Tracing the biological parents
Part of the process is to attempt to trace the biological parents of the child to be adopted. In our case, this needed to be established to get permission to relinquish parental rights. This was probably one of the most nervous parts of the process. What if the biological father denies permission, he’d virtually had no contact all of her life. Many thoughts go through your head but you have to trust the process and be mature and level-headed about it. For us, the biological father agreed to relinquish parental rights.
The Court process
This was the nerve-racking part for us. It was all becoming official. We had to go to court 3 times.
- The first court appearance was to enter the adoption case into the court.
- The second was to see if the biological father was going to contest the adoption. Although he had agreed to relinquish parental responsibility, he could have changed his mind and contested the whole thing. He didn’t contest it and that lead us to:
- The third court appearance was to finalise it all.
The final court appearance was surreal, I felt like I was in trouble, that cold nervous sweat you get when you were at school, outside the headteacher’s office. I remember the scene vividly, myself & Chloe on one side of the room, Natalie and the grandparents at the back, caseworkers on the other side of the room and the Judge at the head of the room. Really lovely women, very warming of the situation.
Putting the case forward
The final court appearance was fairly quick, the caseworkers produced the case again to the judge, explaining they carried out all aspects of the adoption process, spoke to all relevant parties and that they believed I was suitable to be Chloe’s adoptive father. At this point, the judge asked Chloe if she wanted to choose a full name, for quite some time she was obsessed with being called Chloe Jessica, so it seemed fitting that it was ‘Chloe Jessica’ that she chose. In a short space of time, the judge announces that Chloe and I are officially Father and Daughter.
The feeling I got cannot be explained fully, warm, confident, full filling, a sense of feeling that I had provided emotional and physical stability to a child. However, all of the feelings didn’t project outward, Chloe and I just sat there, looked at each other and said “shall we go home then”.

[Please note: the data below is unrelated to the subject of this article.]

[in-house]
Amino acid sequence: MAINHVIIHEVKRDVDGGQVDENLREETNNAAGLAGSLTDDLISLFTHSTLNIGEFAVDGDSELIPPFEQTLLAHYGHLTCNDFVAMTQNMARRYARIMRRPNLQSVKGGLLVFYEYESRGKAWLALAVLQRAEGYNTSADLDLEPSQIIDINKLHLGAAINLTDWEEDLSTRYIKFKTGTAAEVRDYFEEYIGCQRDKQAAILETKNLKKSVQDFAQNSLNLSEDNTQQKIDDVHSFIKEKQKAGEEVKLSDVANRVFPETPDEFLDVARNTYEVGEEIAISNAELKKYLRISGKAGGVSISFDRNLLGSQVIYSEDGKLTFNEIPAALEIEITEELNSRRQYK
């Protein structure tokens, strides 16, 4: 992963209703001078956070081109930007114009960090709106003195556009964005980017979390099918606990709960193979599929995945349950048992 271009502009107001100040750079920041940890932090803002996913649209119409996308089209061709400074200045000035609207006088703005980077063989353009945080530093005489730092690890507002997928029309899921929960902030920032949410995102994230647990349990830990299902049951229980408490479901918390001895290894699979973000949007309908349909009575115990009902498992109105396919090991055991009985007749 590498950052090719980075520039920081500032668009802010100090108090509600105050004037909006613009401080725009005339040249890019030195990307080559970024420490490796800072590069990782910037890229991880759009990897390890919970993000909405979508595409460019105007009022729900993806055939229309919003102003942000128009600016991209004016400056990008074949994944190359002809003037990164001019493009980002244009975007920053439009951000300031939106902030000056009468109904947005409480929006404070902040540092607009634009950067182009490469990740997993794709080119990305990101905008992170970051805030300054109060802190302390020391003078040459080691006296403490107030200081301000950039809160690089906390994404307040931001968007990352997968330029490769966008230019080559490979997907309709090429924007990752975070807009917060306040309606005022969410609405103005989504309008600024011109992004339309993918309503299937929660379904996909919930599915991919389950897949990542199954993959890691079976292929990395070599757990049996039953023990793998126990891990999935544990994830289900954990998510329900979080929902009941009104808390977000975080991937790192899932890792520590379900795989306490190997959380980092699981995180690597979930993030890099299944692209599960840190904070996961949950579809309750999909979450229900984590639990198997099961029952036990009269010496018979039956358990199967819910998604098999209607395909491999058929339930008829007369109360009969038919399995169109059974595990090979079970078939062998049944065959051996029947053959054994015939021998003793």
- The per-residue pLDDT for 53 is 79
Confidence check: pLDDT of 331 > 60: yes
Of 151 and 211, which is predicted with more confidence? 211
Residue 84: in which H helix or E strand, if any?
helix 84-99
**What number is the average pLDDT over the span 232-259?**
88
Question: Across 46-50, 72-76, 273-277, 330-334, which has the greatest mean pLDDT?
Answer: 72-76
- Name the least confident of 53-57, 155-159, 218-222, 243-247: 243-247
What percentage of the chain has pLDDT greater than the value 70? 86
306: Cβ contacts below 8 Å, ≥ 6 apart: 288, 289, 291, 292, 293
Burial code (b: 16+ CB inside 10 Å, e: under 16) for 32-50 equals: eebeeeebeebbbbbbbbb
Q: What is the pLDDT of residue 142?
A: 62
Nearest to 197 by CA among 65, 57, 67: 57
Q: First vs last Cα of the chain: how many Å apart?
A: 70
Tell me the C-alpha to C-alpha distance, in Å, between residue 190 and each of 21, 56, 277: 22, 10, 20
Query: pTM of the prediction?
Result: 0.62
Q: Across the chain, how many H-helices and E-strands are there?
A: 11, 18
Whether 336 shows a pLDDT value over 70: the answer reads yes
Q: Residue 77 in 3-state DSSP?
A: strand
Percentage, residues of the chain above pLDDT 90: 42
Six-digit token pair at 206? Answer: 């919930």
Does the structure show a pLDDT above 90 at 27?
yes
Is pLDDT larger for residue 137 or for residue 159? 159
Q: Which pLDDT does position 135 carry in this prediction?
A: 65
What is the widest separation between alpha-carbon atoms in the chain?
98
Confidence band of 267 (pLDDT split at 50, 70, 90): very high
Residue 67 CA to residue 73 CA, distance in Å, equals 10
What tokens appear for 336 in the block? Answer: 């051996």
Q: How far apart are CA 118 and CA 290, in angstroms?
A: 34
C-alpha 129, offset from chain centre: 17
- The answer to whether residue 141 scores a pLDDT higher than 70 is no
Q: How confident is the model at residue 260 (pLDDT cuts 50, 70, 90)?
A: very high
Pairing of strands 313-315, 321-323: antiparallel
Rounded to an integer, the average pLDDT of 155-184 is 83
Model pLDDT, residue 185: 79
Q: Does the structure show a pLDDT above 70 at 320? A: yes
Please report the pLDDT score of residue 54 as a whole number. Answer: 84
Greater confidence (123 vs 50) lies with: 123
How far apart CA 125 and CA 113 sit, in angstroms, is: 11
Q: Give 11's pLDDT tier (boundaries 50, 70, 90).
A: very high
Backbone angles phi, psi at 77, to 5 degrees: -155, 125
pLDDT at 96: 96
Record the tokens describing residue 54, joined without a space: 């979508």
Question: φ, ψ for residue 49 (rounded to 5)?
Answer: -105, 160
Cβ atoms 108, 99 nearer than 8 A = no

We were told, that when she gets older she will be able to access all of the documents, pictures, notes and so on in case she ever wanted to trace her biological father, but with the advent of Facebook it is much easier to do, however, it doesn’t create a full picture, so be mindful of this if your child asks about his/her biological parents.
Life after adopting
Parenting isn’t easy. Parenting an adopted child is no different in my eyes. Over the years we’ve had the usual child tantrums, remember I mentioned opening the gates of hell if we said no to Chloe? Well, imagine that 3-year-old tantrum in the form of a hormonal teenager…
The time will come when your adopted child starts to ask questions about the biological father. Don’t hold back, be open and honest with them. That time came for us not so long ago and I won’t lie, it’s a tough conversation to have but a conversation worth having.
Will I love my adopted child differently
This is a tricky one, everyone has personal feelings, A hot topic for us at the moment, and a sore one. We have 3 children, 2 are biologically mine and Chloe whom I adopted. But the question is, do I love Chloe any differently?
For me, the simple answer is a categorical NO. I love all 3 of my kids in the same way. However, you and your adopted child have to come to a realisation that the connected bond you have WILL be different. That’s not to say the love is different. The DNA connection with a biological child is different from that of an adopted child and can create a bit of a brick wall at times.
This will take time, a lot of time and understanding to create a connection with each other. A connected compromise that will allow you and your adopted child to co-exist with a bond that only you two have.
Chloe and my relationship is odd I must admit, I love her to bits and she loves me but she drives me round the bend! I will always be there for her no matter what, through thick and thin and she knows that. Without being patronising to her, she’s a teenager, she won’t see it yet, but will one day realise I do what I do to protect her.
My emotional bond and connection to Chloe, although not seen through the eyes of others is incredibly strong, we’ve been through a lot over the years and although we argue a lot and she has her typical teenage strops, she’ll always be my first child and I couldn’t be prouder of the fact I’m her Dad. She’s, smart, intelligent and overachieves in anything she does academically. She has her faults, as do we all but I wouldn’t change her for the world.
Should I adopt
Yes. Is the simple answer. It’s hard work being a parent. But we’ll be worth it. Whether you adopt from a panel or adopt your spouse’s child, you will inevitably become the foundation for a child’s future. The overwhelming sense of achievement you get knowing that you can help grow and develop a child and yourself is one not to be sniffed at.